The issue of postal reform for the Barbados Postal Service (BPS) was among issues discussed recently, when Minister of Home Affairs, Edmund Hinkson, met with postal workers, their management team, and their union representatives.
The meeting touched on a range of issues, including alleged staff shortages, acting positions, motorcycle loans, uniforms, and the maintenance of buildings.
It was also attended by Permanent Secretary, Deborah Payne; Deputy Permanent Secretary, Celia Pollard-Jones; and delegations of the National Union of Public Workers and Barbados Workers’ Union led by Acting General Secretary, Wayne Walrond, and Deputy General Secretary, Dwaine Paul, respectively.
Speaking during the meeting at his Wildey, St. Michael office, Mr. Hinkson said a Cabinet paper on the reform of the BPS was being prepared, and should be up for consideration by his colleagues in the near future.
He stressed there was a need for postal reform, especially at a time when people accessed information at the click of a button, and the actual writing and posting of letters was diminishing.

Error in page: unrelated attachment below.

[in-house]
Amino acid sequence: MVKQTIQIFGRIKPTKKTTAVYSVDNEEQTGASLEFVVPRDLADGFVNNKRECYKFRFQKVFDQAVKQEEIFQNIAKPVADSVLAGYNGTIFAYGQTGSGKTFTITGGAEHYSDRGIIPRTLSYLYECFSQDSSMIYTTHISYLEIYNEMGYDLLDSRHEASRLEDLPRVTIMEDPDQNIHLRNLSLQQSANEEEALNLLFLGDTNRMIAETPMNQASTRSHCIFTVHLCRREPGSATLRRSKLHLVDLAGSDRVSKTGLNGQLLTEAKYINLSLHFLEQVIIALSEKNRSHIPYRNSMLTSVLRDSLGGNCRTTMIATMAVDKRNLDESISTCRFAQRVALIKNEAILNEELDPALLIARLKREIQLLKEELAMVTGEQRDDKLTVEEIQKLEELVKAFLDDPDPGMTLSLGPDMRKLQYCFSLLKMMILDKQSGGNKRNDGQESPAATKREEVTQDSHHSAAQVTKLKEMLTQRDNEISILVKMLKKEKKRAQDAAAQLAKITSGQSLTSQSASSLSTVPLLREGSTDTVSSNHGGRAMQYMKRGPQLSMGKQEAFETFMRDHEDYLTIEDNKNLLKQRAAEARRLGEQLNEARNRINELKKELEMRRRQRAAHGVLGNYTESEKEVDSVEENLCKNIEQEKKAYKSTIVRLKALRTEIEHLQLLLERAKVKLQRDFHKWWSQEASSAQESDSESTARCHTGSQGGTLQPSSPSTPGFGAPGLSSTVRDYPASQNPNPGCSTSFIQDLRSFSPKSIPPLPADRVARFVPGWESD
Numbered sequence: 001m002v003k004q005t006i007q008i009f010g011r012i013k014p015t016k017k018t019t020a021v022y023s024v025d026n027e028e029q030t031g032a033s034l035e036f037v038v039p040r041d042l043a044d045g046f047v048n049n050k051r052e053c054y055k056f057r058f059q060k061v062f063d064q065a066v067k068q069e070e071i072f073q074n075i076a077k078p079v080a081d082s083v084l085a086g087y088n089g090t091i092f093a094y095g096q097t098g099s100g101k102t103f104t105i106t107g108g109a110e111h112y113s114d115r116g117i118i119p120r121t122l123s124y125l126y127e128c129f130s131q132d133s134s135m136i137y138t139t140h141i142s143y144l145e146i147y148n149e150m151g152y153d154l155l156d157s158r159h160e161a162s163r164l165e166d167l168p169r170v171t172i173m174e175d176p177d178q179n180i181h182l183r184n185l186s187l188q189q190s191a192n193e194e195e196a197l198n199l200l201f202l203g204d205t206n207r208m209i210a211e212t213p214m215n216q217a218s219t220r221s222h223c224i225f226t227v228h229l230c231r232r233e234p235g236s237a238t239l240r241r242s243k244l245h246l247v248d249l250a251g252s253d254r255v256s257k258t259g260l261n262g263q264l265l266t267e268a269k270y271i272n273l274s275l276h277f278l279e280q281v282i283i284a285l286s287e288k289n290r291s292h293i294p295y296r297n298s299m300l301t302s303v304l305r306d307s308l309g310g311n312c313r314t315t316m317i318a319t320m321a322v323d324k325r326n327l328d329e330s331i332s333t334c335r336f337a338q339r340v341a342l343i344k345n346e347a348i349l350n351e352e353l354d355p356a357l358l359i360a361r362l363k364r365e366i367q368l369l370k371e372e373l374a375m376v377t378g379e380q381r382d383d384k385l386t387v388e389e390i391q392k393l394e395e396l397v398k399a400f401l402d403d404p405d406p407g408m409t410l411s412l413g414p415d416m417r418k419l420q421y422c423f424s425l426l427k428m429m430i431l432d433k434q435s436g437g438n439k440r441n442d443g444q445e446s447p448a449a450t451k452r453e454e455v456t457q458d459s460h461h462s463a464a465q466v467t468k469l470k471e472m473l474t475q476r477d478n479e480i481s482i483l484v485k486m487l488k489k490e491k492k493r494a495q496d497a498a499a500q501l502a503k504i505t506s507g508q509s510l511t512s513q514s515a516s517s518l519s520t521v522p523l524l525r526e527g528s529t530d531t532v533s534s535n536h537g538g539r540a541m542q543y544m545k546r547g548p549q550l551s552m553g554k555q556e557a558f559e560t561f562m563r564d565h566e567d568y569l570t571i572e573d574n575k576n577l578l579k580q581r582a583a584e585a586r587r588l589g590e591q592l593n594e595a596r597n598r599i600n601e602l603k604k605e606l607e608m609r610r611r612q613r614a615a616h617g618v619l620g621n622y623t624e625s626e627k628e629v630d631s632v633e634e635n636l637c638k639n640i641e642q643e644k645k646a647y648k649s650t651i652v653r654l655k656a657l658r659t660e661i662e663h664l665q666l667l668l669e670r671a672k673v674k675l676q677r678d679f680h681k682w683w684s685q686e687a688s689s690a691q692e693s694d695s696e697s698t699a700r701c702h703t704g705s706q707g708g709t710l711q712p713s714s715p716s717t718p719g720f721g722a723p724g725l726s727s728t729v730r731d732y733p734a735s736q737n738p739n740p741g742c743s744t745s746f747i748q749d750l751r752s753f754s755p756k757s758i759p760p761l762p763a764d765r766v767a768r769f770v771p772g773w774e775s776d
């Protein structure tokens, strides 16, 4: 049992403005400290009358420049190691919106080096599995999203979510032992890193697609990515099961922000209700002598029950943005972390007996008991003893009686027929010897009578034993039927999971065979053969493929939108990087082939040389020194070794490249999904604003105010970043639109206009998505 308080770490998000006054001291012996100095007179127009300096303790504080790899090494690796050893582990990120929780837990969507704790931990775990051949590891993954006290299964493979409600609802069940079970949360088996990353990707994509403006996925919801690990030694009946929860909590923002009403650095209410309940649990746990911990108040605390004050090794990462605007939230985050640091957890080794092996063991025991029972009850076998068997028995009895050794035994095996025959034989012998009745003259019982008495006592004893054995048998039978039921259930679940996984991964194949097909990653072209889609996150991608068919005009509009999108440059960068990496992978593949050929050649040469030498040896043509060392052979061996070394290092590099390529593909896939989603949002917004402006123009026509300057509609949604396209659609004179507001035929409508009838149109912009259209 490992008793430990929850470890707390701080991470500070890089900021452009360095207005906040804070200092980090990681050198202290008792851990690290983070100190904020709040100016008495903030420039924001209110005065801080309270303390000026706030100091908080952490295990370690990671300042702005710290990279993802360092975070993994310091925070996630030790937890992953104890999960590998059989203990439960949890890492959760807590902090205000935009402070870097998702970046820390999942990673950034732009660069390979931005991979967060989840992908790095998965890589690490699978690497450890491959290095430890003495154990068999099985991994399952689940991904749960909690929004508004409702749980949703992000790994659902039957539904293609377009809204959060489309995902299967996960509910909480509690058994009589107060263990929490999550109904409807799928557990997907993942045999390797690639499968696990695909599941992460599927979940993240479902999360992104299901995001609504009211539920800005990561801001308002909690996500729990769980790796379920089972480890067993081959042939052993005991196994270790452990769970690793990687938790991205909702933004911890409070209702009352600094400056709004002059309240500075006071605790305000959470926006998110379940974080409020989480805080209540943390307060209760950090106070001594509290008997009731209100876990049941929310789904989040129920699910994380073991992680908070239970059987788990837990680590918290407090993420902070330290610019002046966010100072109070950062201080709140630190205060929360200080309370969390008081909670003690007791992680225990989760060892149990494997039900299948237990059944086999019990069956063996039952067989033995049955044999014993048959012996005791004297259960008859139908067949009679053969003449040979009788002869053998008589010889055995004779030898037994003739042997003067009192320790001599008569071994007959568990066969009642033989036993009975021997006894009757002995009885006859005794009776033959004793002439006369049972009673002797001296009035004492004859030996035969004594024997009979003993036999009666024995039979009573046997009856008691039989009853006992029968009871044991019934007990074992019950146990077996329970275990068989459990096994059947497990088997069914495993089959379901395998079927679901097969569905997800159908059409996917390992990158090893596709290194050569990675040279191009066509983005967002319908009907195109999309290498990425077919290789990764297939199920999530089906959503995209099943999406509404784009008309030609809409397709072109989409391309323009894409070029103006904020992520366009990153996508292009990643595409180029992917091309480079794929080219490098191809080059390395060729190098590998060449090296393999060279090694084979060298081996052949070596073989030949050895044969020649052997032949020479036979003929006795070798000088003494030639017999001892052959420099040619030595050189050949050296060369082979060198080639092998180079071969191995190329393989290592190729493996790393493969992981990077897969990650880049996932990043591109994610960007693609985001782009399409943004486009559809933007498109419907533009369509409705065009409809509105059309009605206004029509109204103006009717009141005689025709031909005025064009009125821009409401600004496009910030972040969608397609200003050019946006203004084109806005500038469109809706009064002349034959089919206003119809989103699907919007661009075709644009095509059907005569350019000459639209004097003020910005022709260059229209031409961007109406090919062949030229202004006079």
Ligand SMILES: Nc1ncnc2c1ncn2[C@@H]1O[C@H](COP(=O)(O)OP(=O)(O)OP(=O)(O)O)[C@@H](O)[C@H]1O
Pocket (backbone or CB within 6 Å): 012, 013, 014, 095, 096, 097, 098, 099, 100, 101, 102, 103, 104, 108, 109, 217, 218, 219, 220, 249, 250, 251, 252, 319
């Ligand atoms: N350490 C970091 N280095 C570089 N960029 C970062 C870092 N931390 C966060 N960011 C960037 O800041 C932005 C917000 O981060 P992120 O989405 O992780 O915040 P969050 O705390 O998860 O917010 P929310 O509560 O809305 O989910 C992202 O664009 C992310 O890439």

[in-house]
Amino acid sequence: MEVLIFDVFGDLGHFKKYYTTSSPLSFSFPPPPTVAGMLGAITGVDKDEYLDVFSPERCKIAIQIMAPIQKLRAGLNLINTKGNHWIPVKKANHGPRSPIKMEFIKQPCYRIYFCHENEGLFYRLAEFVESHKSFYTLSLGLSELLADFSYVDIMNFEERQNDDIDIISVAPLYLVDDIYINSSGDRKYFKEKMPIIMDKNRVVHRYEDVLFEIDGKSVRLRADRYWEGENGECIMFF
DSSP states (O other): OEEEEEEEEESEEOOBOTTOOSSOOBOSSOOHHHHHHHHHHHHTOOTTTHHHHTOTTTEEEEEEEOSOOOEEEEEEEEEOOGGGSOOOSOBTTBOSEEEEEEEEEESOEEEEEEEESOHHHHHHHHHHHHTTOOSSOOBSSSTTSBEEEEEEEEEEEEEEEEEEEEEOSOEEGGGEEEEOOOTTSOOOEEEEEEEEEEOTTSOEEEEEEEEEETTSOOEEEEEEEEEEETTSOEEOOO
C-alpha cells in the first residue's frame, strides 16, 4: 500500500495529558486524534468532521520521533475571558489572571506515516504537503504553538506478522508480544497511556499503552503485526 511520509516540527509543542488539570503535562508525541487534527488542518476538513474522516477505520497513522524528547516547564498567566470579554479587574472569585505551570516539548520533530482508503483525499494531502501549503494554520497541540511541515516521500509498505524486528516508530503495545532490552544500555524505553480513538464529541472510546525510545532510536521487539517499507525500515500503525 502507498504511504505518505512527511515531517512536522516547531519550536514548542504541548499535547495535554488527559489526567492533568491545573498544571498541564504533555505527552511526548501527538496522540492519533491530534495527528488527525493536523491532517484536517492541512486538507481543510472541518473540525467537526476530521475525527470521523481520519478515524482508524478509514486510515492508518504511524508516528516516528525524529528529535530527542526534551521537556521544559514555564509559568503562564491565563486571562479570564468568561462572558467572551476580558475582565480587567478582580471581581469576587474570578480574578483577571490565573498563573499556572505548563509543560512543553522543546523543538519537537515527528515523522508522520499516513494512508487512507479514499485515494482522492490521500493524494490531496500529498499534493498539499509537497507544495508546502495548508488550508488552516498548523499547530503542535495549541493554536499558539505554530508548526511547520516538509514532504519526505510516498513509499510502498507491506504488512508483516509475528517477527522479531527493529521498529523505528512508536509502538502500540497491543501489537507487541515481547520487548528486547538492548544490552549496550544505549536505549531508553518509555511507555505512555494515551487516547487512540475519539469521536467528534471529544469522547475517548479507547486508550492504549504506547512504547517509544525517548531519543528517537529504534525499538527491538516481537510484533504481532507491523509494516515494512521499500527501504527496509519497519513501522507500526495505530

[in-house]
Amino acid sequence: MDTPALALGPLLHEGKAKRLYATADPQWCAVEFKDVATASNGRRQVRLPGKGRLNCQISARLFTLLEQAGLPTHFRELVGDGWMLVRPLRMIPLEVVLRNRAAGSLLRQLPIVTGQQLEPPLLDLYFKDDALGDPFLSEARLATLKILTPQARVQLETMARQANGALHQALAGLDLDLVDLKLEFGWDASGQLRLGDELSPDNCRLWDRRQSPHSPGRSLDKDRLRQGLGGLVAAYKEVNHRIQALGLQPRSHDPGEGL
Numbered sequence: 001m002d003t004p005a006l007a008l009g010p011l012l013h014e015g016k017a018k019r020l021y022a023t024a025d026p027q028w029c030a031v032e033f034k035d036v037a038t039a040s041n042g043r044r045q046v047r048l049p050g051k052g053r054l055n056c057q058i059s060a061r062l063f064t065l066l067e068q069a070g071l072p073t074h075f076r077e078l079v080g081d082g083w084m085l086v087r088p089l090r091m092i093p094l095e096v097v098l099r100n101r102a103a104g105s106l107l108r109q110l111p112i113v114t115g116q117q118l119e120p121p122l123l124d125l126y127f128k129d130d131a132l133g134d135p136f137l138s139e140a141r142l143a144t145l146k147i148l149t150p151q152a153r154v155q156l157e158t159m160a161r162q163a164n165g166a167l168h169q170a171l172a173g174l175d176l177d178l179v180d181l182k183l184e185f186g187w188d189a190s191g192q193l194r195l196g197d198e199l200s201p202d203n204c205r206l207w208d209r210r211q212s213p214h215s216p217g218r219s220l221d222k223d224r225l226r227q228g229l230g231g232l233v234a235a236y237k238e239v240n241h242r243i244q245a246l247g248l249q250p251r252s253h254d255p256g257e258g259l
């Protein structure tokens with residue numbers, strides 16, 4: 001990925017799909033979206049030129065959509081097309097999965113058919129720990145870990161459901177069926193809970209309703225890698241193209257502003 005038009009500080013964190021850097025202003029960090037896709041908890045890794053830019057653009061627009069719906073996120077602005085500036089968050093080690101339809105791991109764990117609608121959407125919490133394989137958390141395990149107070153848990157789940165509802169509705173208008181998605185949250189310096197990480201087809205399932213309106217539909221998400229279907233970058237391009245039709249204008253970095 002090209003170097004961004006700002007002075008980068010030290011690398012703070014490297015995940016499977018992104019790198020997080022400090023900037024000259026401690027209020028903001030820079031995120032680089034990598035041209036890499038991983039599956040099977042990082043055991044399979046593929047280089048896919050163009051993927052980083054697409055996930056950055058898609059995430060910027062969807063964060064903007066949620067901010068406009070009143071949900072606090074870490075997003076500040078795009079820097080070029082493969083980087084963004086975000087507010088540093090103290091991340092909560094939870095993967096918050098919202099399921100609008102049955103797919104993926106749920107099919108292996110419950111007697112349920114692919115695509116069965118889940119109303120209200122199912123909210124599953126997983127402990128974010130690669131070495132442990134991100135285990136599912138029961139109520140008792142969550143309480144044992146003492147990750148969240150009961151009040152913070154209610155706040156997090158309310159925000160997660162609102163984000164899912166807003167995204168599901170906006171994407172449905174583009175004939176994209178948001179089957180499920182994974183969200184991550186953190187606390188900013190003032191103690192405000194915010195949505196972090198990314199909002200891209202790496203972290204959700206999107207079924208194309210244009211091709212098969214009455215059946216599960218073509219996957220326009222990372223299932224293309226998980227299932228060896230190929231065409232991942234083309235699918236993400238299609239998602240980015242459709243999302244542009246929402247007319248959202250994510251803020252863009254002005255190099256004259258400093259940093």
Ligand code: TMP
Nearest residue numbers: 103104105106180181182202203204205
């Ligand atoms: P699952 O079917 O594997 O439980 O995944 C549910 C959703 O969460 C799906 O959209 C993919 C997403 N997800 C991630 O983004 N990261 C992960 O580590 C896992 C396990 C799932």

This stance was supported by Acting Deputy Postmaster General, Iris Lashley, who admitted that the postal service did not get significant business now from social letters, but from packages.
She informed the meeting that there was a billion-dollar industry in packages and e-commerce, with the BPS seeing an increase of between 25,000 and 100,000 packages per year. “We would like to be able to handle the increase,” she said, noting that efforts were already under way to see how they could “harness some” of the potential profits.
Ms. Lashley said consultants from the Universal Postal Union were included in a national committee which was created to work on the reform process.
She added that the post office was also examining a possible government initiative to go chequeless, as it would have an impact on those who cashed their National Insurance cheques at various locations. “We are looking at postal banking as a consideration,” she said.
Meanwhile, Acting Postmaster General, Valeta Best, said, over the years, the post office had ventured into other non-traditional postal areas, such as issuing application forms for passports and visas.
Mr. Paul noted that it was important to make the BPS “fit for purpose”, while ensuring that the livelihoods of the postal workers were protected at the same time. He also urged the management team to consider the other issues on the table, as they were critical to the everyday operations of postal workers.
Mr. Walrond echoed similar sentiments, noting that the union hoped to see all the outstanding issues being addressed within a reasonable timeframe.